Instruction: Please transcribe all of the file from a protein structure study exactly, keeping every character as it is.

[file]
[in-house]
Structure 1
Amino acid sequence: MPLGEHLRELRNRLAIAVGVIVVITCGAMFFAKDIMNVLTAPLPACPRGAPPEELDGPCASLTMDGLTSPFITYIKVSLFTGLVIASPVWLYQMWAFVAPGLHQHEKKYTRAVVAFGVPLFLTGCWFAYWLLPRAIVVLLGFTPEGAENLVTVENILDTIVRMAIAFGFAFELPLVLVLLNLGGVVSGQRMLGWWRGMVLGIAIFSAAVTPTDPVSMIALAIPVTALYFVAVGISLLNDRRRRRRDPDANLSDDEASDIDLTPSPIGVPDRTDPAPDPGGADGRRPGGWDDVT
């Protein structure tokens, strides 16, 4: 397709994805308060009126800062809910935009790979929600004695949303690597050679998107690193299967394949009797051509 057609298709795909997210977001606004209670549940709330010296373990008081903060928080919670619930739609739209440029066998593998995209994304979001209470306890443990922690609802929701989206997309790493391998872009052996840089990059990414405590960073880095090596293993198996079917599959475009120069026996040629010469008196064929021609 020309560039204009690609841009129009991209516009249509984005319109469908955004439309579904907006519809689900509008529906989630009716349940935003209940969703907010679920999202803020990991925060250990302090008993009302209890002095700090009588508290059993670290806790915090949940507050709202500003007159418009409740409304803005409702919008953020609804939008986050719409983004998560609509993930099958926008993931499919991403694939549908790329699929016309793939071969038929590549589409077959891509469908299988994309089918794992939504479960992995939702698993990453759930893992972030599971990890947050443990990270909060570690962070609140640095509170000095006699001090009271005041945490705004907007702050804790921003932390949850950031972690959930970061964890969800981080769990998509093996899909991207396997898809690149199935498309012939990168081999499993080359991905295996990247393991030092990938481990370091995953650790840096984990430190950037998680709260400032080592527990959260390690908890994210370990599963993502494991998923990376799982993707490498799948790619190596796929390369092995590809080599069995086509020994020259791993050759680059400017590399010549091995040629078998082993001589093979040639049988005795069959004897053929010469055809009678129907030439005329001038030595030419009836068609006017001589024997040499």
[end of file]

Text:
[in-house]
Structure 1
Amino acid sequence: MPLGEHLRELRNRLAIAVGVIVVITCGAMFFAKDIMNVLTAPLPACPRGAPPEELDGPCASLTMDGLTSPFITYIKVSLFTGLVIASPVWLYQMWAFVAPGLHQHEKKYTRAVVAFGVPLFLTGCWFAYWLLPRAIVVLLGFTPEGAENLVTVENILDTIVRMAIAFGFAFELPLVLVLLNLGGVVSGQRMLGWWRGMVLGIAIFSAAVTPTDPVSMIALAIPVTALYFVAVGISLLNDRRRRRRDPDANLSDDEASDIDLTPSPIGVPDRTDPAPDPGGADGRRPGGWDDVT
């Protein structure tokens, strides 16, 4: 397709994805308060009126800062809910935009790979929600004695949303690597050679998107690193299967394949009797051509 057609298709795909997210977001606004209670549940709330010296373990008081903060928080919670619930739609739209440029066998593998995209994304979001209470306890443990922690609802929701989206997309790493391998872009052996840089990059990414405590960073880095090596293993198996079917599959475009120069026996040629010469008196064929021609 020309560039204009690609841009129009991209516009249509984005319109469908955004439309579904907006519809689900509008529906989630009716349940935003209940969703907010679920999202803020990991925060250990302090008993009302209890002095700090009588508290059993670290806790915090949940507050709202500003007159418009409740409304803005409702919008953020609804939008986050719409983004998560609509993930099958926008993931499919991403694939549908790329699929016309793939071969038929590549589409077959891509469908299988994309089918794992939504479960992995939702698993990453759930893992972030599971990890947050443990990270909060570690962070609140640095509170000095006699001090009271005041945490705004907007702050804790921003932390949850950031972690959930970061964890969800981080769990998509093996899909991207396997898809690149199935498309012939990168081999499993080359991905295996990247393991030092990938481990370091995953650790840096984990430190950037998680709260400032080592527990959260390690908890994210370990599963993502494991998923990376799982993707490498799948790619190596796929390369092995590809080599069995086509020994020259791993050759680059400017590399010549091995040629078998082993001589093979040639049988005795069959004897053929010469055809009678129907030439005329001038030595030419009836068609006017001589024997040499």